Avoid Debt Settlement Fraud With These 5 Tips

Criminals love to target people who are desperate because they’re in a vulnerable emotional state, making them susceptible to believing things that seem too good to be true. Desperate people are easy targets because they don’t see the red flags that would otherwise raise suspicion.

The total US consumer debt has reached over $3.4 trillion, and that makes the debt settlement industry a prime choice for criminals to run fraudulent debt settlement scams.

If you’re looking for ways to reduce, consolidate, or eliminate your debt, here are 5 red flags to be aware of that may indicate fraud:

  1. You can’t erase legitimate items from your credit report

A company offering to help you erase legitimate negative items from your credit report is the biggest red flag you need to be aware of. At first, it might sound like a dream come true to be able to erase your past mistakes and move on with your life, but it isn’t.

Seeing the results doesn’t make it legit

Fraudulent debt settlement companies that promise to remove legitimate negative items from your credit history can actually accomplish this seemingly impossible task, although it’s illegal and never permanent. The results only last long enough for them to collect your payment, and by the time your check has been cashed, the items are back on your report.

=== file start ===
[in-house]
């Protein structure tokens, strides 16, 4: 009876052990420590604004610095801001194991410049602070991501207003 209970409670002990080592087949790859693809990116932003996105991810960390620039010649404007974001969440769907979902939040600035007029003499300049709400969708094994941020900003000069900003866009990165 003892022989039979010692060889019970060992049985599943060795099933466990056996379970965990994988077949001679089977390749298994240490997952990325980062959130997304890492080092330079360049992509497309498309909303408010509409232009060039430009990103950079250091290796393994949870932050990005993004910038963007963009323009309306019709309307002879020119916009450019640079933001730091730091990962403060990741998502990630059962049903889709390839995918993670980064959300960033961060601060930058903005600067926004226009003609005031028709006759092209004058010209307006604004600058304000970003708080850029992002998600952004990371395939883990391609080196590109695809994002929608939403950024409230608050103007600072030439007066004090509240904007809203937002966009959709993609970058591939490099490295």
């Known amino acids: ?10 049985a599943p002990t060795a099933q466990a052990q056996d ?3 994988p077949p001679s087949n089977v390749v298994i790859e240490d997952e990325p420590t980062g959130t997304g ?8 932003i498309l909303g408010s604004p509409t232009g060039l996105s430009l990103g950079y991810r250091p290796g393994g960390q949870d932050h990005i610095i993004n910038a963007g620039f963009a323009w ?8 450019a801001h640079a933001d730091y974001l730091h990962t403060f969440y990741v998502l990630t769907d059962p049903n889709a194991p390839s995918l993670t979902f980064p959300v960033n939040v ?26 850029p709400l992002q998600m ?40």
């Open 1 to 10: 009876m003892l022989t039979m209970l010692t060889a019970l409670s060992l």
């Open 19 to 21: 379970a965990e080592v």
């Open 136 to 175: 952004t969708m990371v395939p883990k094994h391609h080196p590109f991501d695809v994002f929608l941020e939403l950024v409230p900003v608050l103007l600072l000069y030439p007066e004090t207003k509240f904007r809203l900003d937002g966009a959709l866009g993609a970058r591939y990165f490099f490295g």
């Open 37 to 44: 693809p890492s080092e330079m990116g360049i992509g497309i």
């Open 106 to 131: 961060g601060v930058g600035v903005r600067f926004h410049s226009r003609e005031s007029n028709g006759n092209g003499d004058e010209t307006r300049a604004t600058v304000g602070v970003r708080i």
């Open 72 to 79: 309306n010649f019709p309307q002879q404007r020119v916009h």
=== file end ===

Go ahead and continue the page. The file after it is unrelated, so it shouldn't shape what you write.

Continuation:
The items are removed temporarily through an illegal tactic called jamming.” The company mails hoards of requests disputing the items on your credit report in hopes that one will slip through the cracks before it can be correctly verified.

When a credit bureau receives a dispute, they forward it to the lender for verification. The Fair Credit Reporting Act requires agencies to review and respond to all disputes received within 30 days. If the lender fails to verify the debt within 30 days, the agency has to remove the record being disputed. Immediately after 30 days, all unverified disputes are gone from the person’s credit history.

The problem is that collection agencies report outstanding debt to all major credit bureaus on a monthly basis, and by the next reporting cycle those removed items come back.

  1. Don’t blindly trust BBB ratings

The Better Business Bureau (BBB) was originally created to be a mediator between consumers and businesses, and hold businesses accountable to resolve consumer complaints. Unfortunately, it’s been uncovered that the BBB itself is running a scam of their own by providing A+ ratings for businesses that have had serious legal action taken against them.

Many of these businesses have CEOs behind bars. The BBB has also been caught providing A+ ratings for fake businesses as long as they pay their yearly membership fees. Meanwhile, legitimate businesses with great reputations like Starbucks and Microsoft don’t pay membership fees and have lower ratings.

Just because a debt relief company has a great rating with the BBB doesn’t mean it’s trustworthy. You’ll need to do some independent research on the company to find out if they can be trusted.